Photo credit: Rutgers Center of Alcohol & Substance Use Studies
When the college campus closed in the spring due to the COVID-19 pandemic, the amount of alcohol consumed by students decreased significantly when living from peers to parents. This comes from a new report in the Journal of Studies on Alcohol and Drugs.
Leaving home for college is often associated with spikes in alcohol consumption, and the spring 2020 campus closure was the "perfect natural experiment" for studying changes in drinking habits as they change, according to lead researcher Helene R. White Life situation changed abruptly and unexpectedly for many students Ph.D., distinguished professor emeritus at the Center of Alcohol & Substance Use Studies at Rutgers, New Jersey State University.
However, according to this new study, it may not be just the parent's watchful eye that led to a drop in alcohol consumption.
"Drinking is a social behavior for students, and without social interaction students are less likely to drink a lot," says White. "Living together with parents can especially impair social interaction with people of the same age and thus protect against heavy alcohol consumption."
For their research, White and colleagues surveyed 312 emerging adults – mostly juniors and seniors – about two months after the COVID-19 campus closed in spring 2020. They asked the students about their life situation before and after their schools stopped personal learning, dividing the students into three groups: (a) living with their peers before and after the closure, (b) living with parents before and after the closure, and ( c) Living together with their peers before the closure, but with parents after the closure.
Investigators also asked about the students' typical weekly drinking before and after the closure. From these answers, White and colleagues determined the number of drinking days per week, the total number of drinks consumed weekly, and the maximum number of drinks consumed on a day.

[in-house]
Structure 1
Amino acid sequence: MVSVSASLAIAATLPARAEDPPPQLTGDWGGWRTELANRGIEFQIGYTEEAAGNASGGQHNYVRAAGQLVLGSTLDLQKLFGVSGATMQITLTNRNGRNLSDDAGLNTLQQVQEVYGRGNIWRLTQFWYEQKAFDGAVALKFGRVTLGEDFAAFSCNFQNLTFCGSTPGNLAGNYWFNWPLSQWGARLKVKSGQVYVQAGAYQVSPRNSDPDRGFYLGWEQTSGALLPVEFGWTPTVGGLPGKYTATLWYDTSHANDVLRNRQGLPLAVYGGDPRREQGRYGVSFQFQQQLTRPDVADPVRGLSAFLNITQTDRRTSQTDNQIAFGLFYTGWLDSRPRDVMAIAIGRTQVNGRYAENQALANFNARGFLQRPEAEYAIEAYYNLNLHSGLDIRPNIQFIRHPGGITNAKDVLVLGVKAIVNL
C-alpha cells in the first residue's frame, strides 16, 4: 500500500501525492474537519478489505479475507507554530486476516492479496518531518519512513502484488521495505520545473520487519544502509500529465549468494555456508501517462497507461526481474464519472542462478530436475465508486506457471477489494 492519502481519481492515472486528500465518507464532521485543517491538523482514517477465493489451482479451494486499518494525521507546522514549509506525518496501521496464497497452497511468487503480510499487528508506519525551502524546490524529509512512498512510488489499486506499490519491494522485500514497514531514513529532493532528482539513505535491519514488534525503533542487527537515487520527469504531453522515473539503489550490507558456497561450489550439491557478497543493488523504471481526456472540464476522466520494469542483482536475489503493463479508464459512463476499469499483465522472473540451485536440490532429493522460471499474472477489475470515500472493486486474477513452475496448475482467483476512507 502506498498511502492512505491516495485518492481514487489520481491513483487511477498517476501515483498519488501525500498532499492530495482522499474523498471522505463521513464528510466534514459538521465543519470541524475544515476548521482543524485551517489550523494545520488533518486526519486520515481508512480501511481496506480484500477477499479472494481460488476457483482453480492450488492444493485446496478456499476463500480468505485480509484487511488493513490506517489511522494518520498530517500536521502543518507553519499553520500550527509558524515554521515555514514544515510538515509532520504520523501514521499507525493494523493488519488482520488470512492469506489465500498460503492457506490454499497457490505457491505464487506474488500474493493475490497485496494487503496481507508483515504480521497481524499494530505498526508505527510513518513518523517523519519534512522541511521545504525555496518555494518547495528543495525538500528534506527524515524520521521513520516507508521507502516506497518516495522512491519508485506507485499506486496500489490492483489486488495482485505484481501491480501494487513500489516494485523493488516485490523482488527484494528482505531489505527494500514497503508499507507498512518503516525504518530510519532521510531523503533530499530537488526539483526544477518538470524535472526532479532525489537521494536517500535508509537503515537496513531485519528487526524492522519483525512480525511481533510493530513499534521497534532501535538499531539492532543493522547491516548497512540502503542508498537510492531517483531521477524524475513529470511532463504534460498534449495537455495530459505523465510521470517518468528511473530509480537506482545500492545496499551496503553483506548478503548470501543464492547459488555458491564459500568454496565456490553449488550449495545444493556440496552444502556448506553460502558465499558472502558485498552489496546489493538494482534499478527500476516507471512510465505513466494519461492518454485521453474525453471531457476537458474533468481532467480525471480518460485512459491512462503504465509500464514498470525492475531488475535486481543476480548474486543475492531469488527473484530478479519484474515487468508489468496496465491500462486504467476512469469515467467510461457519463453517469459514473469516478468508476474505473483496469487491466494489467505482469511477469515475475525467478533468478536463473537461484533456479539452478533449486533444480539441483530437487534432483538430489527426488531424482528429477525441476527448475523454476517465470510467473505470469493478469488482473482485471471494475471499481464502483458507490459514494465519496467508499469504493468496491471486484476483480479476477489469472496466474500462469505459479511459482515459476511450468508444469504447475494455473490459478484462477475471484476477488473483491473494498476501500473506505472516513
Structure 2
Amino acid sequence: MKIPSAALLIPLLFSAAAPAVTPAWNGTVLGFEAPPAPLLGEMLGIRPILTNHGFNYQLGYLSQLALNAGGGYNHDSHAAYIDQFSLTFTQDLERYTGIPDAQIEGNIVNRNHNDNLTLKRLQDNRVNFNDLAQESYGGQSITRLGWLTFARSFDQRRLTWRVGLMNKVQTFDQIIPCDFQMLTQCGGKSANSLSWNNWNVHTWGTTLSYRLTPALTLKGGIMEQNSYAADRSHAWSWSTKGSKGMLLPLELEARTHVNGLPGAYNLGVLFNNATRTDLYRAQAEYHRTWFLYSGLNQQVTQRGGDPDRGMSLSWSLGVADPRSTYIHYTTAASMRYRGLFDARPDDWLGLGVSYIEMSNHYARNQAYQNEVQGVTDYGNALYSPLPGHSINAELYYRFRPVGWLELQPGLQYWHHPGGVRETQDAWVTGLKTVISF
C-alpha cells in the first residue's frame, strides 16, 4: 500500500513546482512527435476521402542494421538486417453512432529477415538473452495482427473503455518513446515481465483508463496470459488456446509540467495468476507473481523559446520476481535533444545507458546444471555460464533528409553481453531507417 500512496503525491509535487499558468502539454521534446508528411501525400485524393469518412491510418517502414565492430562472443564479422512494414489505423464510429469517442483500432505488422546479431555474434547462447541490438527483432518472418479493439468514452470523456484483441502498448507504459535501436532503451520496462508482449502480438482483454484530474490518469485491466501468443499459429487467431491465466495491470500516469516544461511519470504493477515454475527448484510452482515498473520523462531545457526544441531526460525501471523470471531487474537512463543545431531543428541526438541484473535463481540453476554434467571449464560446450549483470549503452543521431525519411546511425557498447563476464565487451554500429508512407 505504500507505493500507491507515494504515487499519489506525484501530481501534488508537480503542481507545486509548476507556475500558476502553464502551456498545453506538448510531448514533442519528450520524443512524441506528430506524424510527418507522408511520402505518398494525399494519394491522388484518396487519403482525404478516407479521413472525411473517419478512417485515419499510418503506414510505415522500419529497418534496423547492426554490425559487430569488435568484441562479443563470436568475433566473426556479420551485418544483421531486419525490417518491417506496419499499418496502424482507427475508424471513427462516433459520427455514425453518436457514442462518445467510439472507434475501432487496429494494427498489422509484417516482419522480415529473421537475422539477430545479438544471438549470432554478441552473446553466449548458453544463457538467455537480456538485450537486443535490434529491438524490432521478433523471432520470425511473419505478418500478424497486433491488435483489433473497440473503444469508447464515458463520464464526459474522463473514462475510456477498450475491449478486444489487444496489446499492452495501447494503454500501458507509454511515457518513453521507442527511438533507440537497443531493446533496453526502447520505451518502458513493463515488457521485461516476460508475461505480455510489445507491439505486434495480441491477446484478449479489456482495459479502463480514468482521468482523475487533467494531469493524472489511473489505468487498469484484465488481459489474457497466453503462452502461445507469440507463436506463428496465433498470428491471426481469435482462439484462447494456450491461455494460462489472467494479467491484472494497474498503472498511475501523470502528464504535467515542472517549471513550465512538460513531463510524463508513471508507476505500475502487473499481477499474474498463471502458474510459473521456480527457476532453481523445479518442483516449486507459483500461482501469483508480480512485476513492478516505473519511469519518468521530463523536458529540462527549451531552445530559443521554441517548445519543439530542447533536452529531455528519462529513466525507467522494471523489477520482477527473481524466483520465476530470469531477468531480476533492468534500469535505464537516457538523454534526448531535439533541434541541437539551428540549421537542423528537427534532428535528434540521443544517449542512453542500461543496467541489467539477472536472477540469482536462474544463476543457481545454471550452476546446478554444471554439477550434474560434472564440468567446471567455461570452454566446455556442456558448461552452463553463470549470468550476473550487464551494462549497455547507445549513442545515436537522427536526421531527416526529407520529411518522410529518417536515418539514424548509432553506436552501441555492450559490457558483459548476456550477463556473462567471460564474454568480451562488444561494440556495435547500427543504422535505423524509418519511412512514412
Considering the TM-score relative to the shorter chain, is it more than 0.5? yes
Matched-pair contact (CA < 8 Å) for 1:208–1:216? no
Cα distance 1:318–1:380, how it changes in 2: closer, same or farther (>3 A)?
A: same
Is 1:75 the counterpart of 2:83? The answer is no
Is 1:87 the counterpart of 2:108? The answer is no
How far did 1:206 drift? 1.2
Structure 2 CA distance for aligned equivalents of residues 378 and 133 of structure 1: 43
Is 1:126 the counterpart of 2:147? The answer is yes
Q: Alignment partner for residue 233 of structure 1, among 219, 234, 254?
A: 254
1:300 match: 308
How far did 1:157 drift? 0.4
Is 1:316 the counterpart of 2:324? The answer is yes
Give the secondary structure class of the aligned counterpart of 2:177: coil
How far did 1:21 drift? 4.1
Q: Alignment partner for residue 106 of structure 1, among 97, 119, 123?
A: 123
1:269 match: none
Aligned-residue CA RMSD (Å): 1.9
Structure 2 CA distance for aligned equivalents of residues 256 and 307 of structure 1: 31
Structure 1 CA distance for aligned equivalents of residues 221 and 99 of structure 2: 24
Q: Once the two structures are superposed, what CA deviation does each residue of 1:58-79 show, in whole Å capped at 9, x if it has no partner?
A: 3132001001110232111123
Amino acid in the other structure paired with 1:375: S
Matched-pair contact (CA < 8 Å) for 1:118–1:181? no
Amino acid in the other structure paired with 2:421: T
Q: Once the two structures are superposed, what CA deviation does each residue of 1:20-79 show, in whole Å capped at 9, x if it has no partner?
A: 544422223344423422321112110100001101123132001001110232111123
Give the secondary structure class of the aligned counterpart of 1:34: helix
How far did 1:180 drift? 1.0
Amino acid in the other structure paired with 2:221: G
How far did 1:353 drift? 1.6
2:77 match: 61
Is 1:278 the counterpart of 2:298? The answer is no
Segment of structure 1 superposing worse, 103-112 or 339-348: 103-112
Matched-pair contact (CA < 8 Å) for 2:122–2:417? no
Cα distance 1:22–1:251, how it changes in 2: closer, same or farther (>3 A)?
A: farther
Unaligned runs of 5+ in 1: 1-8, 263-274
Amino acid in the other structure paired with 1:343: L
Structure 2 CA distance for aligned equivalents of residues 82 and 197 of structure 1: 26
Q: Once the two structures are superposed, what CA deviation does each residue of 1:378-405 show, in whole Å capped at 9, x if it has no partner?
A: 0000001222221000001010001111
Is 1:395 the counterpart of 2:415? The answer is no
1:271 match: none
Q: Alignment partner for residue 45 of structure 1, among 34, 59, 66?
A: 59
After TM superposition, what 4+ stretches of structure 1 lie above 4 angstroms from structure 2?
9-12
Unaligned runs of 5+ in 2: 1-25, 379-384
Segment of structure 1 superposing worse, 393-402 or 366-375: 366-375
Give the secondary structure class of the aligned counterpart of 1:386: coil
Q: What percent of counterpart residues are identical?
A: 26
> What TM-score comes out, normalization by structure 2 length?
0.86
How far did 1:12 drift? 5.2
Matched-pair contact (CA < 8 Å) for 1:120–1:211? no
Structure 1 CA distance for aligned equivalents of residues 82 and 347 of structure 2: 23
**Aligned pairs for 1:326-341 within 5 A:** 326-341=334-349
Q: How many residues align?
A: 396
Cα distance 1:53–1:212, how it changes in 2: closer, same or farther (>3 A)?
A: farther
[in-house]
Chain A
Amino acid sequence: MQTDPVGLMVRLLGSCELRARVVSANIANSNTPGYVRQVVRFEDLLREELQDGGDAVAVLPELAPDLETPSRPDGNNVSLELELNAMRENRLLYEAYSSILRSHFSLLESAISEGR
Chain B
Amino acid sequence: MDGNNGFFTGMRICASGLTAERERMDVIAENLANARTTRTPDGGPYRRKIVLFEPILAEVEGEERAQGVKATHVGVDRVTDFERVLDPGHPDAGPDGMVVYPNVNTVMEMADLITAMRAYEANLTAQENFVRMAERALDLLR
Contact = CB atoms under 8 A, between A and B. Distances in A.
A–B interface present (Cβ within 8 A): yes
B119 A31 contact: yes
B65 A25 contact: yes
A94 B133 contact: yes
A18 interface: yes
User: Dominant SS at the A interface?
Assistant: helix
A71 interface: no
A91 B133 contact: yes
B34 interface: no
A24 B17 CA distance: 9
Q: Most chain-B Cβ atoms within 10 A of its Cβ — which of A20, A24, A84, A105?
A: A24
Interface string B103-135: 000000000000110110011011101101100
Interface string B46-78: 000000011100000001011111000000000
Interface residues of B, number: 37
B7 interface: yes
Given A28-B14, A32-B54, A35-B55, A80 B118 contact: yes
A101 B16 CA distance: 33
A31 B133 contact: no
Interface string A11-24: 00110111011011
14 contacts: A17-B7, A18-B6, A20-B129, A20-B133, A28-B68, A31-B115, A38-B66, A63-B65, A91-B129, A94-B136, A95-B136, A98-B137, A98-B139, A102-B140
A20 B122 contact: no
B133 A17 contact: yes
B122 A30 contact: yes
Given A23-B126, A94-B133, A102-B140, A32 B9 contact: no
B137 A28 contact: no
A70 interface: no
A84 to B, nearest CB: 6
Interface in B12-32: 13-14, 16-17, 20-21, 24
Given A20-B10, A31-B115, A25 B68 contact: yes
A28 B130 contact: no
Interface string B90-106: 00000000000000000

Student alcohol users who switched from living with their peers to parents significantly reduced the number of days they drank per week, from 3.1 before closing to 2.7 after closing. Those who stayed with their peers increased their drinking days per week significantly from three to 3.7, and those who stayed with their parents increased from two to 3.3 per week.
Likewise, the total number of drinks per week for students moving home increased from 13.9 to 8.5. Those who continued to live with their peers drank essentially the same amount (10.6 drinks a week before versus 11 a week after), while those who continued to live at home drank almost three more drinks a week (6.7 weekly before 9.4 drinks per week) week after closing).
Those who switched from their peers to parents also saw a decrease in the maximum number of drinks per day – a maximum of 5.4 drinks per day before closing to 2.9 after closing. But those who stayed with their peers (4.4 versus 3.7) and with their parents (3.5 versus 3.2) from before to after the campus closed also recorded a decline.
"(C) Ontext is an important correlate for pandemic-induced drinking," the authors conclude. "The COVID-19 pandemic is a time of increasing social isolation" that is "less social drinking options" for students moving home.
New study shows that lockdown increases alcohol excesses every week
White, H. R., Stevens, A. K., Hayes, K. & Jackson, K. M. (2020). Changes in Alcohol Use Among College Students Due to COVID-19: Effects of Campus Closure and Moving Homes. Journal of Studies on Alcohol and Drugs, 81, 725-730. DOI: 10.15288 / jsad.2020.81.725
To contact Helene R. White, Ph.D., please email interview questions to firstname.lastname@example.org.
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Journal of Studies on Alcohol and Drugs
COVID-19 Reduces Student Drinking (2020, December 16)
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